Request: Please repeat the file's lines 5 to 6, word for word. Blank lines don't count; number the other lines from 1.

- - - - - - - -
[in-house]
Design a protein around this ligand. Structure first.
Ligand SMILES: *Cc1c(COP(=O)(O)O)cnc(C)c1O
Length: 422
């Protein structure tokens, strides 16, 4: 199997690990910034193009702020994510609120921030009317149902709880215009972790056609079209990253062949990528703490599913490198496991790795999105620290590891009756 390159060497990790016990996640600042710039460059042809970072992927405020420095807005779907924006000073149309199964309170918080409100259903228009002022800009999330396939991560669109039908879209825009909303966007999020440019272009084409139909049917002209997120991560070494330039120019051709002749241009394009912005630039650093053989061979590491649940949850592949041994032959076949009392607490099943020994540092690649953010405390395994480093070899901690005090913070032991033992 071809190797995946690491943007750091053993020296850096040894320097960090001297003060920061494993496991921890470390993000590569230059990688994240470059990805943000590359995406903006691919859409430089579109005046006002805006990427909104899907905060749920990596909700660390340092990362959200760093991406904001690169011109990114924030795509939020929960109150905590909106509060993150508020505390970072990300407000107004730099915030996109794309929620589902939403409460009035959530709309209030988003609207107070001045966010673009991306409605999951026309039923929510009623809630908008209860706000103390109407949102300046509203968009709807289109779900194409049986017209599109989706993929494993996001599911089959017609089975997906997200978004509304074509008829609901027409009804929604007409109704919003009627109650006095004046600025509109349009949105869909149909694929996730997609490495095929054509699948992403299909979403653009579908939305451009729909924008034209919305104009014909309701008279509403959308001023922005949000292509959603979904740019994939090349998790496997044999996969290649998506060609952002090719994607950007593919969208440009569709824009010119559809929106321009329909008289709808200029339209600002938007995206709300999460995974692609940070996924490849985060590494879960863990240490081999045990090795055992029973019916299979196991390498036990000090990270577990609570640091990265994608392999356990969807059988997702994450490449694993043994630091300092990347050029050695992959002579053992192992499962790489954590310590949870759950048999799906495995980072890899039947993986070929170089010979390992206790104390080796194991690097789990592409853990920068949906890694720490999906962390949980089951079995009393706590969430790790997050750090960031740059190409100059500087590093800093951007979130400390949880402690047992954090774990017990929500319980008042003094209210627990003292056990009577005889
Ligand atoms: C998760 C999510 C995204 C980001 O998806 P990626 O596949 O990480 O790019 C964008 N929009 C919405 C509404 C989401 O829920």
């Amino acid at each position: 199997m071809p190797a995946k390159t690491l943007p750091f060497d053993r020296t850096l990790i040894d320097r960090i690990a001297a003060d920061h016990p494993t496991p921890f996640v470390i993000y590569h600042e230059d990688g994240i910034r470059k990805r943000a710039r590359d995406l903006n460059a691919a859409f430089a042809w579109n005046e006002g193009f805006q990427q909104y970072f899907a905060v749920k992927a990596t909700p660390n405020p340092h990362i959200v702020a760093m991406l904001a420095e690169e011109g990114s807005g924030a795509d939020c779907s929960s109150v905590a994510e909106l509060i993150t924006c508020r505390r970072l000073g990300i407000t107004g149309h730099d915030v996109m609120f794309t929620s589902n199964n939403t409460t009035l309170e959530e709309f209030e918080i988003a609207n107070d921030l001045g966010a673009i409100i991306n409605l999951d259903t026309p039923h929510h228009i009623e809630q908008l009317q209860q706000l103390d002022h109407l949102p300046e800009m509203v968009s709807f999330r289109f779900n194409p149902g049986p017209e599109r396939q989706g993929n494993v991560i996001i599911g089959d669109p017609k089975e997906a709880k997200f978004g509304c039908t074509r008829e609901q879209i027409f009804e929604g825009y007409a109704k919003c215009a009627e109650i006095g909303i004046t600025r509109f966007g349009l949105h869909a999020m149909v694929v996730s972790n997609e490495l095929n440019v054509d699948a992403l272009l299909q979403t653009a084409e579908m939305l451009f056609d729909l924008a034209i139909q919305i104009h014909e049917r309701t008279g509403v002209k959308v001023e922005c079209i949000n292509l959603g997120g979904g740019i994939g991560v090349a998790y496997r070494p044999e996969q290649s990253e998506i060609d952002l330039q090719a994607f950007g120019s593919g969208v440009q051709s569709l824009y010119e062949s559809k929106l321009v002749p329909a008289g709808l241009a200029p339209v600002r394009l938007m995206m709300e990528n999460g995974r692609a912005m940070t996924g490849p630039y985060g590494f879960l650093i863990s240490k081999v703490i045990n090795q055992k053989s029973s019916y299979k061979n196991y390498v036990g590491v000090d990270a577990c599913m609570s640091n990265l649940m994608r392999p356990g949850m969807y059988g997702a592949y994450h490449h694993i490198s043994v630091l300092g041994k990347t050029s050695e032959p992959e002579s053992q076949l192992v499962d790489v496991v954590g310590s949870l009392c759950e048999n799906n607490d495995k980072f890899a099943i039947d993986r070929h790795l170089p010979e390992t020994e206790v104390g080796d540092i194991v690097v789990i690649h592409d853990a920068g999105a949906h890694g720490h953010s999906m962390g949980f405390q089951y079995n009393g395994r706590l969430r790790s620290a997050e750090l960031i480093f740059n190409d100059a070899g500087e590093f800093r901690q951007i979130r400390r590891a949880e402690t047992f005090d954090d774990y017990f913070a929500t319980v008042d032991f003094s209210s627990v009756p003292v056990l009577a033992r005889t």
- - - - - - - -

């Protein structure tokens, strides 16, 4: 199997690990910034193009702020994510609120921030009317149902709880215009972790056609079209990253062949990528703490599913490198496991790795999105620290590891009756 390159060497990790016990996640600042710039460059042809970072992927405020420095807005779907924006000073149309199964309170918080409100259903228009002022800009999330396939991560669109039908879209825009909303966007999020440019272009084409139909049917002209997120991560070494330039120019051709002749241009394009912005630039650093053989061979590491649940949850592949041994032959076949009392607490099943020994540092690649953010405390395994480093070899901690005090913070032991033992 071809190797995946690491943007750091053993020296850096040894320097960090001297003060920061494993496991921890470390993000590569230059990688994240470059990805943000590359995406903006691919859409430089579109005046006002805006990427909104899907905060749920990596909700660390340092990362959200760093991406904001690169011109990114924030795509939020929960109150905590909106509060993150508020505390970072990300407000107004730099915030996109794309929620589902939403409460009035959530709309209030988003609207107070001045966010673009991306409605999951026309039923929510009623809630908008209860706000103390109407949102300046509203968009709807289109779900194409049986017209599109989706993929494993996001599911089959017609089975997906997200978004509304074509008829609901027409009804929604007409109704919003009627109650006095004046600025509109349009949105869909149909694929996730997609490495095929054509699948992403299909979403653009579908939305451009729909924008034209919305104009014909309701008279509403959308001023922005949000292509959603979904740019994939090349998790496997044999996969290649998506060609952002090719994607950007593919969208440009569709824009010119559809929106321009329909008289709808200029339209600002938007995206709300999460995974692609940070996924490849985060590494879960863990240490081999045990090795055992029973019916299979196991390498036990000090990270577990609570640091990265994608392999356990969807059988997702994450490449694993043994630091300092990347050029050695992959002579053992192992499962790489954590310590949870759950048999799906495995980072890899039947993986070929170089010979390992206790104390080796194991690097789990592409853990920068949906890694720490999906962390949980089951079995009393706590969430790790997050750090960031740059190409100059500087590093800093951007979130400390949880402690047992954090774990017990929500319980008042003094209210627990003292056990009577005889
Ligand atoms: C998760 C999510 C995204 C980001 O998806 P990626 O596949 O990480 O790019 C964008 N929009 C919405 C509404 C989401 O829920």